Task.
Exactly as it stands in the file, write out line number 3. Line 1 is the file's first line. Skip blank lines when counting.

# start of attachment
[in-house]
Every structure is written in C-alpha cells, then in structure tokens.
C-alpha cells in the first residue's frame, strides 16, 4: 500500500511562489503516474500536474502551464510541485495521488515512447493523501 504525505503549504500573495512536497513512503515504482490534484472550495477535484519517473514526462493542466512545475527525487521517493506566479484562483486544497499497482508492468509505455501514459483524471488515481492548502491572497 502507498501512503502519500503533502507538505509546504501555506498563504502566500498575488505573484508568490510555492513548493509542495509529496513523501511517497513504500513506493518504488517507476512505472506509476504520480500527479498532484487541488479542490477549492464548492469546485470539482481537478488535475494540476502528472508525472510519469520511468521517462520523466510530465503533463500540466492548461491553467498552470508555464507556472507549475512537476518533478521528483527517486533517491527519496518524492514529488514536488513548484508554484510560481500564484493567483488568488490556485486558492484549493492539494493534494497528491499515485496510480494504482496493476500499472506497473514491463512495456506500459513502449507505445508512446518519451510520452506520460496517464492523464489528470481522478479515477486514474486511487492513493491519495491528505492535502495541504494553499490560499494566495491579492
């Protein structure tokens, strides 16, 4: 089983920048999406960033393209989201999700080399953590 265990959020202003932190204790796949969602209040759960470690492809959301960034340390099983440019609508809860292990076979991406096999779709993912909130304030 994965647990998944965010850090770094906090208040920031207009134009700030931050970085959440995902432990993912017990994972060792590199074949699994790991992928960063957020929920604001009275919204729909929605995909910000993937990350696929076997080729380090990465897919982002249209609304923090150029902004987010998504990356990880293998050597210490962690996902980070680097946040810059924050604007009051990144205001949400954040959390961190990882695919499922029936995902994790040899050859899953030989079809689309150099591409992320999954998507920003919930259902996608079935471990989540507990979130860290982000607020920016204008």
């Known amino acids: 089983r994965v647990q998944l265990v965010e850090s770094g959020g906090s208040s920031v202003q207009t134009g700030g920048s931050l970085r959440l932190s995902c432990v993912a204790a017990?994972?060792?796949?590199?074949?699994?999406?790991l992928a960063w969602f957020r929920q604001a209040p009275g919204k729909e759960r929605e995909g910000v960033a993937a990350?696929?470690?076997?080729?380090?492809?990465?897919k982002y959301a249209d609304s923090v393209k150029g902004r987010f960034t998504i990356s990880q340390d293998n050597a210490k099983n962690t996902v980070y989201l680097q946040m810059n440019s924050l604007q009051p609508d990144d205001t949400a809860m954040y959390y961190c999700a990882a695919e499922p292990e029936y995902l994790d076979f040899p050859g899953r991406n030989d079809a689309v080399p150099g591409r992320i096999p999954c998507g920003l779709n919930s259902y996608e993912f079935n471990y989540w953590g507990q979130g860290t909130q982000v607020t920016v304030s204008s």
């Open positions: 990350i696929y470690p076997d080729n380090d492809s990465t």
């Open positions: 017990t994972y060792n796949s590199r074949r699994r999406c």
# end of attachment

C-alpha cells in the first residue's frame, strides 16, 4: 500500500511562489503516474500536474502551464510541485495521488515512447493523501 504525505503549504500573495512536497513512503515504482490534484472550495477535484519517473514526462493542466512545475527525487521517493506566479484562483486544497499497482508492468509505455501514459483524471488515481492548502491572497 502507498501512503502519500503533502507538505509546504501555506498563504502566500498575488505573484508568490510555492513548493509542495509529496513523501511517497513504500513506493518504488517507476512505472506509476504520480500527479498532484487541488479542490477549492464548492469546485470539482481537478488535475494540476502528472508525472510519469520511468521517462520523466510530465503533463500540466492548461491553467498552470508555464507556472507549475512537476518533478521528483527517486533517491527519496518524492514529488514536488513548484508554484510560481500564484493567483488568488490556485486558492484549493492539494493534494497528491499515485496510480494504482496493476500499472506497473514491463512495456506500459513502449507505445508512446518519451510520452506520460496517464492523464489528470481522478479515477486514474486511487492513493491519495491528505492535502495541504494553499490560499494566495491579492